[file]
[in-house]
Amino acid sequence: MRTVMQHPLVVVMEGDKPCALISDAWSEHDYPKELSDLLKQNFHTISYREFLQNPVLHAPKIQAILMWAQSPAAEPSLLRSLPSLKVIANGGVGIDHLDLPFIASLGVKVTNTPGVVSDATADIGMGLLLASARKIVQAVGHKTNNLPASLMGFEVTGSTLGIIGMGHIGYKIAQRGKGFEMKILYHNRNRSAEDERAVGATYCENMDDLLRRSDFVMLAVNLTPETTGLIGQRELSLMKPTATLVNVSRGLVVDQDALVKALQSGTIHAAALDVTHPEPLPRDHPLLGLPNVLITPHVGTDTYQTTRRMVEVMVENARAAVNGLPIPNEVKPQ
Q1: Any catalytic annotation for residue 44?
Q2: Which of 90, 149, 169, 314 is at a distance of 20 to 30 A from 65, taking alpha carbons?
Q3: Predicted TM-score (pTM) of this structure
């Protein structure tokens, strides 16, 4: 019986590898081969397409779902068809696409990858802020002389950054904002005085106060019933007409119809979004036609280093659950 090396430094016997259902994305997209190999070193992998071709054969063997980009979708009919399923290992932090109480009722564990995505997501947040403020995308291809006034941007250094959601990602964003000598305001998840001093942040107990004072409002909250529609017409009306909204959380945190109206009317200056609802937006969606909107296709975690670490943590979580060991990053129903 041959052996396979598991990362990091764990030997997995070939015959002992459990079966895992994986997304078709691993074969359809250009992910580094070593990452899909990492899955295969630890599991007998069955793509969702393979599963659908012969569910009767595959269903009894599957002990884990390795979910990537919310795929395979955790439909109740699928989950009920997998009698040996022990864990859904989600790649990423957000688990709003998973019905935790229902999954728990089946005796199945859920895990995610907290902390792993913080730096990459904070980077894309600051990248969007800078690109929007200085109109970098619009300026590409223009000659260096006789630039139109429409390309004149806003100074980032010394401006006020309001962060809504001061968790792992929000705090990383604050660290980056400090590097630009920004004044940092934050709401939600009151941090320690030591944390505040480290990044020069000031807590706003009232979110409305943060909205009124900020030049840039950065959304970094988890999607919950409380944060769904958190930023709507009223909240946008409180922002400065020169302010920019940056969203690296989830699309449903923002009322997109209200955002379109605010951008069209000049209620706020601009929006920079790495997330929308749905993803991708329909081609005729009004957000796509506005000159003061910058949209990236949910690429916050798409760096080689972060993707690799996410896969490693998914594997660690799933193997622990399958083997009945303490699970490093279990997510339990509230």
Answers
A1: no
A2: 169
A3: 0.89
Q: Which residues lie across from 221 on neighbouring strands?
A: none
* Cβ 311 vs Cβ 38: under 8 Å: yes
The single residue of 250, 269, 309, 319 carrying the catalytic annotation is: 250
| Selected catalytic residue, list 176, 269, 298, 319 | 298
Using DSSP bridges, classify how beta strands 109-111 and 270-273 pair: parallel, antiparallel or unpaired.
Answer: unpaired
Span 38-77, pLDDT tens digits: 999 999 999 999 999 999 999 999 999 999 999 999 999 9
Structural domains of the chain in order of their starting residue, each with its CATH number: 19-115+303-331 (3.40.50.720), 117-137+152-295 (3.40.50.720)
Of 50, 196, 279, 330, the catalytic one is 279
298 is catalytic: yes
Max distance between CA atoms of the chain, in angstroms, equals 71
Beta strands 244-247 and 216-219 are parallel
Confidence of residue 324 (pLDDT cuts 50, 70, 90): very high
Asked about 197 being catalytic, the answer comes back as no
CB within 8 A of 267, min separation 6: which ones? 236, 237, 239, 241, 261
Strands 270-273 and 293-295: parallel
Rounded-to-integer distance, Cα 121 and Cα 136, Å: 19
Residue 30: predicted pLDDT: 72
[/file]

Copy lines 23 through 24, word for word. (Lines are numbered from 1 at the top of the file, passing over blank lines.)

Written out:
Beta strands 244-247 and 216-219 are parallel
Confidence of residue 324 (pLDDT cuts 50, 70, 90): very high